New York Jets Opponent Spotlight: Cincinnati Bengals

David Aitken breaks down the Cincinnati Bengals. How can the New York Jets score an upset in week 1?

It’s here. 252 days after the Jets ended last season in incredible disappointment, the 2016 season begins by welcoming the Cincinnati Bengals to Metlife Stadium. A much tougher looking schedule on paper starts with a Bengals team that has made the playoffs six of the last seven seasons. Here I’ll dive into some changes the Bengals have dealt with, some talking points specific to this matchup, and Bengals overall season outlook.

Missing Bengals

Cincinnati suffered a number of losses this offseason in regards to both playing staff and coaching, and they’ll enter the season with a few more key contributors shelved. One of last year’s biggest breakout performers, tight end Tyler Eifert, will miss the first few weeks of the season recovering from an ankle injury. Eifert missing is significant because he emerged as an elite red zone option for Andy Dalton on an offense that relied on A.J. Green to be the main threat previously. Complementing those players in the passing game the last few years were Marvin Jones and Mohamed Sanu, both of whom signed major deals in free agency. Both players over the course of the season should see their production replaced easily enough by veteran Brandon LaFell and 2nd round pick Tyler Boyd, but in the short term may have a hard time going without the additional coverage drawing power of Tyler Eifert.

The other high profile loss is linebacker Vontaze Burfict, serving the first of a three game suspension relating to a history of violent conduct that culminated in Cincinnati’s playoff game last year. Burfict has had issues with injuries so the Bengals are somewhat used to having him missing, but he is an obvious game-changer when available.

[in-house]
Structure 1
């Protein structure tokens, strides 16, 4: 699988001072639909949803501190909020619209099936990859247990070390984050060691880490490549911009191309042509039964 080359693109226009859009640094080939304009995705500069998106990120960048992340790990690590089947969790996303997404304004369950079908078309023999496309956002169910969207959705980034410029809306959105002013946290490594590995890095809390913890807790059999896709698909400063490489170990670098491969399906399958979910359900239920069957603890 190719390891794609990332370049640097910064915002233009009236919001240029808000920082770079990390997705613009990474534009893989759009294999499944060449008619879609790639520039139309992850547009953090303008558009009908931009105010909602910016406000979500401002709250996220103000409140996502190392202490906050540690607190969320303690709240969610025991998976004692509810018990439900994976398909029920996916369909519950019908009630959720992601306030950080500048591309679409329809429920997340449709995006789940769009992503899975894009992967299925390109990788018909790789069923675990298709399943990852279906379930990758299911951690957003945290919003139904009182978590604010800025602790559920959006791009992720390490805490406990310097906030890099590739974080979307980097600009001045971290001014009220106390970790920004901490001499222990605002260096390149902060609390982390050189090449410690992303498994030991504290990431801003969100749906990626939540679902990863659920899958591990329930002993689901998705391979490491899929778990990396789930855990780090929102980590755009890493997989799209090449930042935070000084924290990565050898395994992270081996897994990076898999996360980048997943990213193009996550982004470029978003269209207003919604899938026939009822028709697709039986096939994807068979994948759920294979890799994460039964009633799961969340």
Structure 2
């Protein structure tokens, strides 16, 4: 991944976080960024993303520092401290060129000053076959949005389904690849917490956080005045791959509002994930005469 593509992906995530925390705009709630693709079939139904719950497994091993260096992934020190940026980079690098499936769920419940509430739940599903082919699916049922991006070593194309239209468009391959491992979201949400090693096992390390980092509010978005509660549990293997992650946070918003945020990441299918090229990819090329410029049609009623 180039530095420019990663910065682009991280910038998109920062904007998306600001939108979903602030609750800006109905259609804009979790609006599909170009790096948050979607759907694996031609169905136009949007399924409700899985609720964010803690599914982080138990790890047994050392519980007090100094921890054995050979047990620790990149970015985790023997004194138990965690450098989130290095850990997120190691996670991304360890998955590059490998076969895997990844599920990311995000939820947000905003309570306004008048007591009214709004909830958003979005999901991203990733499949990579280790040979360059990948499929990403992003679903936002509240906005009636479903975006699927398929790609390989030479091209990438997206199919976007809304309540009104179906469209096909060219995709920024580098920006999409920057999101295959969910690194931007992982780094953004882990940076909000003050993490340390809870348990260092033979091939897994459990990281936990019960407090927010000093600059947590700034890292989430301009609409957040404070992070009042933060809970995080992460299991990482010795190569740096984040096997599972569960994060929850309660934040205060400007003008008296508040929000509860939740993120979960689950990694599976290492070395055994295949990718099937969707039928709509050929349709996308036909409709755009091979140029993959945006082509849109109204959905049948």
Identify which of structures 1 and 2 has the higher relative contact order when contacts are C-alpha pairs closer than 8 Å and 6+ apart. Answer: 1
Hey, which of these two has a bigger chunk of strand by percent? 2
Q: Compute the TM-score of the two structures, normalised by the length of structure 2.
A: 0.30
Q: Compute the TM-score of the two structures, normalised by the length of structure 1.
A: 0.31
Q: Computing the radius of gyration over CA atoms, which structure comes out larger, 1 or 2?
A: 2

In 2015 third round pick Tyler Kroft the Bengals hope they have an adequate short-term replacement for Tyler Eifert, while 34-year-old Karlos Dansby will be the starter in place of Burfict.

The Jets last year had one of the best red zone defenses in the league, and without Eifert the Bengals become easier to defend in that respect. The loss of Burfict should allow the Jets to set the tone in the running game easier, but against the pass they are still going to be threatening in terms of turnovers. Only Kansas City and Carolina had more interceptions as a defense last year than the Bengals.

Not playing Sunday, Eifert is a red zone favorite of Andy Dalton’s. 

Suspended for this Sunday, Burfict is Cincinnati’s most active linebacker in pass coverage.

Second round pick Tyler Boyd is a possibility to debut across from A.J. Green as a starter this Sunday.

Death of the Bungals

Remember when the Bengals were a franchise that had just one playoff berth in 18 seasons, were a criminal public relations nightmare, and prior to 2012 had employed just one scout? Whether they’ve done right with unwavering loyalty in Marvin Lewis will always be a debate, but it is undeniable this franchise has had a huge turnaround since 2009. Mike Brown relinquishing general manager authority appears to have much to do with this. With a still modestly-sized player personnel department of eight employees (the Jets have over double that), the Bengals have become one of the league’s most consistently homegrown built rosters.